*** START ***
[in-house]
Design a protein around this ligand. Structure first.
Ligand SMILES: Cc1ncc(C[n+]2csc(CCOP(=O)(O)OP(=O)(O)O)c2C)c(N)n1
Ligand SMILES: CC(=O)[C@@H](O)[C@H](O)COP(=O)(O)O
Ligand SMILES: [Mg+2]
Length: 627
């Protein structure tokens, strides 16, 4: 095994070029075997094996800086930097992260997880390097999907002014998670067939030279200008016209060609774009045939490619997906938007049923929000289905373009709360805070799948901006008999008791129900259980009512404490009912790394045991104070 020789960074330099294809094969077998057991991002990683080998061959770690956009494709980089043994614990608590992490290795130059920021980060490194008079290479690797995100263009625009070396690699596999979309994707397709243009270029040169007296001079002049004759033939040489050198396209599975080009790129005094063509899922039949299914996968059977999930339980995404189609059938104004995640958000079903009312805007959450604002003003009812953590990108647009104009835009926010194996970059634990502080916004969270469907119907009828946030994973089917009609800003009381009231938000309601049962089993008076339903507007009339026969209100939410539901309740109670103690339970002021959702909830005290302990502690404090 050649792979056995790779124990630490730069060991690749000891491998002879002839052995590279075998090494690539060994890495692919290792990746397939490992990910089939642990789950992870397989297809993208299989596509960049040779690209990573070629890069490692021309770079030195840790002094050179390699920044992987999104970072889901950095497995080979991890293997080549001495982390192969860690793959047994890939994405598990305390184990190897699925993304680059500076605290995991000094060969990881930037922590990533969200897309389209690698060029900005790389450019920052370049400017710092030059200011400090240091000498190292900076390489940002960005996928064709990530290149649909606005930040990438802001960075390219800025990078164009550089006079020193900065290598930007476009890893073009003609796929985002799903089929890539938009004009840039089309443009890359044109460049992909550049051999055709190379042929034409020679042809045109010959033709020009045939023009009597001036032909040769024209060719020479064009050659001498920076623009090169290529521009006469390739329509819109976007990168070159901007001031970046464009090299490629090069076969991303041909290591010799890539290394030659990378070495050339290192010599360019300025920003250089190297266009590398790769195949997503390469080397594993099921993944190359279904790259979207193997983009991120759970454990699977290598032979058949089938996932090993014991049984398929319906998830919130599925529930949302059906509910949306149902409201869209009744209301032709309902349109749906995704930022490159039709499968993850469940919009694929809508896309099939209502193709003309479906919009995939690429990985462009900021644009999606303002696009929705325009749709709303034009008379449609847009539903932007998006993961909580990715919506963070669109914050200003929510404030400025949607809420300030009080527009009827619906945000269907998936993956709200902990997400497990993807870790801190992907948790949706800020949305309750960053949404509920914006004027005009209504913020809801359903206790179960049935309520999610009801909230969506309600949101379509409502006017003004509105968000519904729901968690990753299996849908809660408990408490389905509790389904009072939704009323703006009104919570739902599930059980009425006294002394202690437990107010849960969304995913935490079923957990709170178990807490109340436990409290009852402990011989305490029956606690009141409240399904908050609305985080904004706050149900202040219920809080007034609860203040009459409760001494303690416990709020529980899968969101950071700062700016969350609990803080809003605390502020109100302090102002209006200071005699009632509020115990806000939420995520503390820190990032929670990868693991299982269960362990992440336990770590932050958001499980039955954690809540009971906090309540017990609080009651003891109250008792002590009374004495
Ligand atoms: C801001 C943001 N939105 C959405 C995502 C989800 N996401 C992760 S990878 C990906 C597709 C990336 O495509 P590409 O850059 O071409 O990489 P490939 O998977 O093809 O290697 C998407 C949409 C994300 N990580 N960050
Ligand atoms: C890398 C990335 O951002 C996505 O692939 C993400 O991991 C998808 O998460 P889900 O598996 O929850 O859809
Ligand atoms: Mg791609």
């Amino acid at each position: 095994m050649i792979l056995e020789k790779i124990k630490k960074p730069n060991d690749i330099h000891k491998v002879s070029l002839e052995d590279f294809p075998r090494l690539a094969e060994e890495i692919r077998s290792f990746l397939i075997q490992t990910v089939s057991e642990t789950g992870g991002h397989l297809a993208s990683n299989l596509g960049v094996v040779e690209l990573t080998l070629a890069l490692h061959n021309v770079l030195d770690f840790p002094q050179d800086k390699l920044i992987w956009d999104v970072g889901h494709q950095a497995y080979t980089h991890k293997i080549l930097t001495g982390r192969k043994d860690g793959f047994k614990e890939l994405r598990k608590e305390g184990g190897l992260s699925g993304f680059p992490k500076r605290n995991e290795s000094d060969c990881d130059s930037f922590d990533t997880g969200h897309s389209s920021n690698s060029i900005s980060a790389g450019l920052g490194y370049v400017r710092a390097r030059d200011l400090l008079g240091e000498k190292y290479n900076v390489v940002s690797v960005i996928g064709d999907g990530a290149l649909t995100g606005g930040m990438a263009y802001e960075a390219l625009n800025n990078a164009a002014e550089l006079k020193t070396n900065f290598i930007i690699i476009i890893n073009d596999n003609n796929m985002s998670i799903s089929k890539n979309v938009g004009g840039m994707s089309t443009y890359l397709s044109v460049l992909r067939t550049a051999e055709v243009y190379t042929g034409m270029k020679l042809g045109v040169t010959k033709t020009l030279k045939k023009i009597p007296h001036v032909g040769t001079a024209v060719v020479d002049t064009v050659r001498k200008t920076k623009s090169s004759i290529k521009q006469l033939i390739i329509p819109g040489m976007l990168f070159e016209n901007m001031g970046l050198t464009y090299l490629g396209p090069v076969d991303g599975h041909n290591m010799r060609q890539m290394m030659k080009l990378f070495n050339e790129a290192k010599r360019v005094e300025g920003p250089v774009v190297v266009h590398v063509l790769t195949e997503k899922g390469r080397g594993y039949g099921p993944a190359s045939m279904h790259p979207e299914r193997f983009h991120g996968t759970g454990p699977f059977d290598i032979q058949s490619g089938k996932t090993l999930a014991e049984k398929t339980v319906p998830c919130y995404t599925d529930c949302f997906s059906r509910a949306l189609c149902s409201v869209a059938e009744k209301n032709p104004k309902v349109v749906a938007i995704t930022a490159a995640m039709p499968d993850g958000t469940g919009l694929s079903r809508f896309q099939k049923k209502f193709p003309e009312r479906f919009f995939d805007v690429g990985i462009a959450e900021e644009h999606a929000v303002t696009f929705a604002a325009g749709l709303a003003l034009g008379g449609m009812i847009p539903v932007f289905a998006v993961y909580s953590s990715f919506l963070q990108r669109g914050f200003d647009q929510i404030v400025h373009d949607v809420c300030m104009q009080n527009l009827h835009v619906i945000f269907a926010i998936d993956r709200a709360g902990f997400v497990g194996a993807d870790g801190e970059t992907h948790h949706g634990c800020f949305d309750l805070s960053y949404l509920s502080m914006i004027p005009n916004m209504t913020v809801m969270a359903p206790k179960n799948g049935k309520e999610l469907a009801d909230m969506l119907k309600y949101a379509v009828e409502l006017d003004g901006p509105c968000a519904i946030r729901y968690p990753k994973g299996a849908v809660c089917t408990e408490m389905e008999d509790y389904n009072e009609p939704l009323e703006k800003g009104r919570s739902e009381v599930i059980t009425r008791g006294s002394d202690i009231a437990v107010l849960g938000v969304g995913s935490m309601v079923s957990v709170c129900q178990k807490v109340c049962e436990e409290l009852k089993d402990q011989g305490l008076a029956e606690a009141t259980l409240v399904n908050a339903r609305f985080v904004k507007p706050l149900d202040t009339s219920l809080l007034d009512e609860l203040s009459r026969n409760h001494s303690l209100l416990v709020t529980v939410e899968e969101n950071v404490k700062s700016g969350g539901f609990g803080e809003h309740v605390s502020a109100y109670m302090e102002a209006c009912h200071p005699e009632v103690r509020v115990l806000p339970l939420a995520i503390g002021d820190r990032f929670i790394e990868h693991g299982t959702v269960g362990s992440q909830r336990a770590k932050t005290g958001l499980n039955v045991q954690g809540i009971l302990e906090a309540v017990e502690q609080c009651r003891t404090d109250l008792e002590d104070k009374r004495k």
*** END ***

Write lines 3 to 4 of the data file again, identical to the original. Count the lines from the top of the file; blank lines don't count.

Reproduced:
Ligand SMILES: Cc1ncc(C[n+]2csc(CCOP(=O)(O)OP(=O)(O)O)c2C)c(N)n1
Ligand SMILES: CC(=O)[C@@H](O)[C@H](O)COP(=O)(O)O